Written on behalf of Feigenbaum Consulting
The Canada Revenue Agency is continuing to update information related to the Canada Emergency Wage Subsidy (CEWS) as well as other benefits related to COVID-19 as the pandemic continues to impact the Canadian economy. In today’s blog, we would like to update our readers on some of the news.
Changes to the Canada Emergency Wage Subsidy
The Canada Emergency Wage Subsidy was introduced to help employers re-hire workers who were laid off as a result of COVID-19 by having the government fund part of employee wages. It was originally put in place for a 12-week period, which had been set to end on June 6, 2020.
Shortly before the planned end-date, Finance Minister Bill Morneau announced the CEW would be extended an additional 12 weeks, taking it through to August 29, 2020. We may see further extensions of the CEWS, and will be sure to update readers if one occurs.
Another interesting update to CEWS is that while it was previously only available to Indigenous government-owned corporations that are taxable, the proposed changes expand availability to include Indigenous government-owned corporations that are tax-exempt under paragraph 149(1)(d.5) of the Income Tax Act. This change is retroactive to April 11, 2020. Other groups that are now available include Registered Amateur Athletic Associations registered at the national level, as well as registered journalism organizations, and private colleges and schools, including driving schools, art schools and culinary schools.
Extension for the Canada Emergency Response Benefit
Similarly, the government also announced an extension to the Canada Emergency Response Benefit (CERB). The benefit of $2,000 per month was available for an initial 16-week period for people who had lost income due to COVID-19. The extension period is for eight-weeks, which means people who started to receive CERB payments in mid-March can expect them to continue until Mid-September. The program is currently set to conclude on October 3 for all recipients regardless of when they began to receive benefits. The maximum total amount a qualifying individual can collect has increased from $8,000 to $12,000.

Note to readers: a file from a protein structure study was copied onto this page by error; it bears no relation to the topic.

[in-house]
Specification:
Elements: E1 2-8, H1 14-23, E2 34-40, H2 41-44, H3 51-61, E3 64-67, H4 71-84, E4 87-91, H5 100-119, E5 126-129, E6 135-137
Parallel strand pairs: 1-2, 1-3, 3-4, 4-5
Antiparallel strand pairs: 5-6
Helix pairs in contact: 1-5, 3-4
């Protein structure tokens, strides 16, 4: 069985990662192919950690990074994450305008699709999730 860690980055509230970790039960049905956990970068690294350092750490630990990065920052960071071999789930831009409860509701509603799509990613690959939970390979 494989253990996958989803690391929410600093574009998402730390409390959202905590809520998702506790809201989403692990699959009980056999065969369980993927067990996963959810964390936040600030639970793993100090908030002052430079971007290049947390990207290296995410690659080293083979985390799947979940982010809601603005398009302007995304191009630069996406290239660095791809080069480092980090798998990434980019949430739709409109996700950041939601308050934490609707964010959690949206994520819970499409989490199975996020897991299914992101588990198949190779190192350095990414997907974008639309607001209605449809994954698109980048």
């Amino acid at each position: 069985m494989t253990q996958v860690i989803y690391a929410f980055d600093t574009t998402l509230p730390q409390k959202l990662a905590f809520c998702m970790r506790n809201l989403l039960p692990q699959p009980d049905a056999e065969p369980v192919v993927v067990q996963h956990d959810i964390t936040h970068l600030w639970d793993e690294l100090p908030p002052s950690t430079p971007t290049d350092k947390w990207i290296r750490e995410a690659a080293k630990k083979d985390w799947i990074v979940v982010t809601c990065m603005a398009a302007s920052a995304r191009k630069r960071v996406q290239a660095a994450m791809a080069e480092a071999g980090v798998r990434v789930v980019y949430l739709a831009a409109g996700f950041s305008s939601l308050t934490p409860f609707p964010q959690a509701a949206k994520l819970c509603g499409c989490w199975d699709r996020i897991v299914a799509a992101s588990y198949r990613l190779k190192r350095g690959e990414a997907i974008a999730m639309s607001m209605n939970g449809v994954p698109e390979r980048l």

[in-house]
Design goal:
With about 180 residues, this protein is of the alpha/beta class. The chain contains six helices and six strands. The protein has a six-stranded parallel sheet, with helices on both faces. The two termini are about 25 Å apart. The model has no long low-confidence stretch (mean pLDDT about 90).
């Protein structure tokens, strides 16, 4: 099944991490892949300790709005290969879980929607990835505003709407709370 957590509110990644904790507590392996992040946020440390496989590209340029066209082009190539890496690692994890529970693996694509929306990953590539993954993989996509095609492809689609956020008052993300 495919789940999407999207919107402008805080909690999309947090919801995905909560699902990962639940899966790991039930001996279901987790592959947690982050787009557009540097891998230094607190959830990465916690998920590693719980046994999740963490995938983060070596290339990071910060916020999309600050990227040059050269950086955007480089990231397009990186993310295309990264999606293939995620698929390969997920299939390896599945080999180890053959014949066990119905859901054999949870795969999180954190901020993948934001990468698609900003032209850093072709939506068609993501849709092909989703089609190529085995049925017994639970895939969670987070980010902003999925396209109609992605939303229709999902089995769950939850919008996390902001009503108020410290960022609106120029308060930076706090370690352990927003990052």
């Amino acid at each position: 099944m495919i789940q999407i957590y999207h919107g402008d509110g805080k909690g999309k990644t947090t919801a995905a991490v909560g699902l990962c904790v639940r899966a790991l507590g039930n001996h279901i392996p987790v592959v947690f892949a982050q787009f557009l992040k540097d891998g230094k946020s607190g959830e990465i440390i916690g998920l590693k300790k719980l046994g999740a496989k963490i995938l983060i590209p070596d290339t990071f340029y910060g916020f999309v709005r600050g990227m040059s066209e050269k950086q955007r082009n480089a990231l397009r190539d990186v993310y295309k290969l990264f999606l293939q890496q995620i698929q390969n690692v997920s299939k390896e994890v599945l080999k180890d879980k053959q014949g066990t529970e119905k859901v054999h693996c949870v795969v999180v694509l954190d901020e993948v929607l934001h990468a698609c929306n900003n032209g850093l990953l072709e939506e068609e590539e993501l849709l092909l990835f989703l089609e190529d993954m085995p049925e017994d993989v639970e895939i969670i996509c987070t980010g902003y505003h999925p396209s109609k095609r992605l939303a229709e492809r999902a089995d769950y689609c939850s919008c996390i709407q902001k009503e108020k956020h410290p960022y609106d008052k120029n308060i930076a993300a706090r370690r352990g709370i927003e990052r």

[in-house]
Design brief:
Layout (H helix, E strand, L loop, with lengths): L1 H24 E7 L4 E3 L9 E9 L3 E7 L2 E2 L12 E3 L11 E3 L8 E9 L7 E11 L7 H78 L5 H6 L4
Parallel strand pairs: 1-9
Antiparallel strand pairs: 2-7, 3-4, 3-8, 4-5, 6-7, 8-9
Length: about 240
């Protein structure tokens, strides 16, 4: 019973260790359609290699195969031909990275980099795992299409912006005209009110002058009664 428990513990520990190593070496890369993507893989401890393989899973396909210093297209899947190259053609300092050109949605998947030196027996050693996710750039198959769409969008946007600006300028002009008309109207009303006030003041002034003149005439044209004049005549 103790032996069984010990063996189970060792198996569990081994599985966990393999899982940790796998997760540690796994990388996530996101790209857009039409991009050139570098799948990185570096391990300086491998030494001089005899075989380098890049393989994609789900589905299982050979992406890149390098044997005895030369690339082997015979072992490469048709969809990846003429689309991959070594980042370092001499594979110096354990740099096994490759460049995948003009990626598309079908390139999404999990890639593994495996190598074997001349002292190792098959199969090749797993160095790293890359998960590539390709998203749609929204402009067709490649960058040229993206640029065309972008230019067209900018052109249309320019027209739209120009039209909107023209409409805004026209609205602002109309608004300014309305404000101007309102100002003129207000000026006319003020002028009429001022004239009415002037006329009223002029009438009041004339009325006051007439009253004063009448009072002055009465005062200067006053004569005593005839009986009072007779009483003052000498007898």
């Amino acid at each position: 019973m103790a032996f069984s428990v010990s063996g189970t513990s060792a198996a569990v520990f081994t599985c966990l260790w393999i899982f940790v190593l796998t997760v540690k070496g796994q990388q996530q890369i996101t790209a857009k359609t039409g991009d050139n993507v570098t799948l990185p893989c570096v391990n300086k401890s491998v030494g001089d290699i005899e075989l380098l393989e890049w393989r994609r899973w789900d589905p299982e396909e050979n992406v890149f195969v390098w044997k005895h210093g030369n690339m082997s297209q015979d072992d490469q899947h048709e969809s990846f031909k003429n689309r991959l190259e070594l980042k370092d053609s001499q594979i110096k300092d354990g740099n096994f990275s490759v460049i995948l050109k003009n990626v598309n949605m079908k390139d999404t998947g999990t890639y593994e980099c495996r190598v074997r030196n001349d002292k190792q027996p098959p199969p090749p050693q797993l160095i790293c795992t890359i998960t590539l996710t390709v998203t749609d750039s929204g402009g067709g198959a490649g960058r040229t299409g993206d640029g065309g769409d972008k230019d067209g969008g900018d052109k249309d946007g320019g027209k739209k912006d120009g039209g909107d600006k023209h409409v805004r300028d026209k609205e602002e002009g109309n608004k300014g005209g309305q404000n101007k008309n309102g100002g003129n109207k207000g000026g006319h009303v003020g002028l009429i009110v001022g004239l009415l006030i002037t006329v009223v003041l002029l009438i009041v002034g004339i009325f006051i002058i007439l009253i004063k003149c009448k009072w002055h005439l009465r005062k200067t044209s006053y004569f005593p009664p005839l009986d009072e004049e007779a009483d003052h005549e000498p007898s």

Additional changes to CERB have been made to assist others as well. Individuals who suffered a short-term loss of employment to care for themselves of someone else diagnosed with COVID-19 can now make a claim for benefits for just two weeks instead of a four-week period, where they may have previously ineligible. Additionally, it was announced that people who have been requested to return to work or failed to resume self-employment when they could have are no longer eligible for CERB payments.
A recent article by the CBC indicated that some CERB recipients had received smaller payments than they had previously been getting, along with a notice that they did not qualify for payment for the period of June 15-28. A spokesperson for the Employment Minister has said that this is owing to an initial double payment sent out to many applicants through the EI stream when the program first began. Recipients are paid differently depending on the stream through which they applied. EI applicants receive $1,000 biweekly, while CERB applicants receive $2,000 on a monthly basis. Apparently, many EI applicants were paid $2,000 as their initial payment, which is being cited as the reason for the reduced payment in June.
Contact Feigenbaum Law if you are looking for a custom solution to your personal tax planning needs. Our lawyers and financial professionals have unparalleled knowledge of tax law both in the United States and Canada. We understand that every tax situation brings with it unique challenges. Our experience makes us uniquely qualified to address these challenges. We offer services to clients in the US, Canada and around the world. Contact us to learn more about how we can help or call us at (905) 695-1269 or toll-free at (877) 275-4792